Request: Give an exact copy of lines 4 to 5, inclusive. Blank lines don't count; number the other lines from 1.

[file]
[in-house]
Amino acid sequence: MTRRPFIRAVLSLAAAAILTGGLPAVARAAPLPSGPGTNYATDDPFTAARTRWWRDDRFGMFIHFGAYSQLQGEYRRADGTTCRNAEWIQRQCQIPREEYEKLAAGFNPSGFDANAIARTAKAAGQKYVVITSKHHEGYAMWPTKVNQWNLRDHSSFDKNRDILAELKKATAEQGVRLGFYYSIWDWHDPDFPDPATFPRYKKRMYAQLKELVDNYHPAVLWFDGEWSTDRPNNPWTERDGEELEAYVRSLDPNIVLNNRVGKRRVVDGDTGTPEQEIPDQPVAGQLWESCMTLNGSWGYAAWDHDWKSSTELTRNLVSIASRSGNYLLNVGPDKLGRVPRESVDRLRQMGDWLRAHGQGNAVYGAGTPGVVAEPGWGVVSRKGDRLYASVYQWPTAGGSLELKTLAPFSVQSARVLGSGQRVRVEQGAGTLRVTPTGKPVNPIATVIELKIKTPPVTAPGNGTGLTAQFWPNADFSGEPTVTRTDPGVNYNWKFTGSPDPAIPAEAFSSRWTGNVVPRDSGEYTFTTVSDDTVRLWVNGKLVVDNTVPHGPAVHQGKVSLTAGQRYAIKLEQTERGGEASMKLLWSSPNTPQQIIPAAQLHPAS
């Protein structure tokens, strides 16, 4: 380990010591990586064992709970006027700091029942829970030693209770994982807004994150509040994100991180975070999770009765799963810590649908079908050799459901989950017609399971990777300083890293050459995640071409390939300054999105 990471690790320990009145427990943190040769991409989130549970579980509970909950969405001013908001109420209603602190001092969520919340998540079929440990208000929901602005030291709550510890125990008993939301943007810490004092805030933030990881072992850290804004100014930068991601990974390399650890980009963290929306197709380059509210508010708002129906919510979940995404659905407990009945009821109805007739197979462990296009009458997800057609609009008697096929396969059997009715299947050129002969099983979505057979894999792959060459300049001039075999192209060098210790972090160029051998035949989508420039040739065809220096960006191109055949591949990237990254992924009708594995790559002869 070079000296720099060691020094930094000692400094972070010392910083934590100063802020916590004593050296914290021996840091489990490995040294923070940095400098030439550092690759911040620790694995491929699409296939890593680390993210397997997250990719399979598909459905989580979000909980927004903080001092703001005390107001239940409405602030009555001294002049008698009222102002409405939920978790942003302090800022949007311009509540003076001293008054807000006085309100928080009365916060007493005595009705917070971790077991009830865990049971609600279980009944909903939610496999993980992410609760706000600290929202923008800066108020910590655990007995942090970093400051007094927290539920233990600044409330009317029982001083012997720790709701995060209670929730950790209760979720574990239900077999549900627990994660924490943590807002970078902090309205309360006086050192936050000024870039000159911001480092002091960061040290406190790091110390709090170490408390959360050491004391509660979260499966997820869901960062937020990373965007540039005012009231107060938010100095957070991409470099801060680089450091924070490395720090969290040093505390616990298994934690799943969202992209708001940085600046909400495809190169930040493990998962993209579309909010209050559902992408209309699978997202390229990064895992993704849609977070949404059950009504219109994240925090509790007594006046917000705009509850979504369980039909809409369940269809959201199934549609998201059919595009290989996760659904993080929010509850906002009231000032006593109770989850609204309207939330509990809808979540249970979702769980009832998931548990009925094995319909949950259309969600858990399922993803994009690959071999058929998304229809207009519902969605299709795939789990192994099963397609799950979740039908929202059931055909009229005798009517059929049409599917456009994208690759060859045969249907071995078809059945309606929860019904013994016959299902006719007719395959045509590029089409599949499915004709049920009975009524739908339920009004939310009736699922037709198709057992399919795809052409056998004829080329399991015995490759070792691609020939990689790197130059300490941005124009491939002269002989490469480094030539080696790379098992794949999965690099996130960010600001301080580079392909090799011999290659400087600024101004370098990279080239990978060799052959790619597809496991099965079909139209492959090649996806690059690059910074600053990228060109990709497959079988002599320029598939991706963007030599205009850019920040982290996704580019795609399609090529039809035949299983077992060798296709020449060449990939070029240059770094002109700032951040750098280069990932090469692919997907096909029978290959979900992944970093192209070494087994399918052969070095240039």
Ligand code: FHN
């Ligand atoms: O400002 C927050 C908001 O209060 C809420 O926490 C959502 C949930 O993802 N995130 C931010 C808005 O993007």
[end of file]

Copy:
Ligand code: FHN
């Ligand atoms: O400002 C927050 C908001 O209060 C809420 O926490 C959502 C949930 O993802 N995130 C931010 C808005 O993007």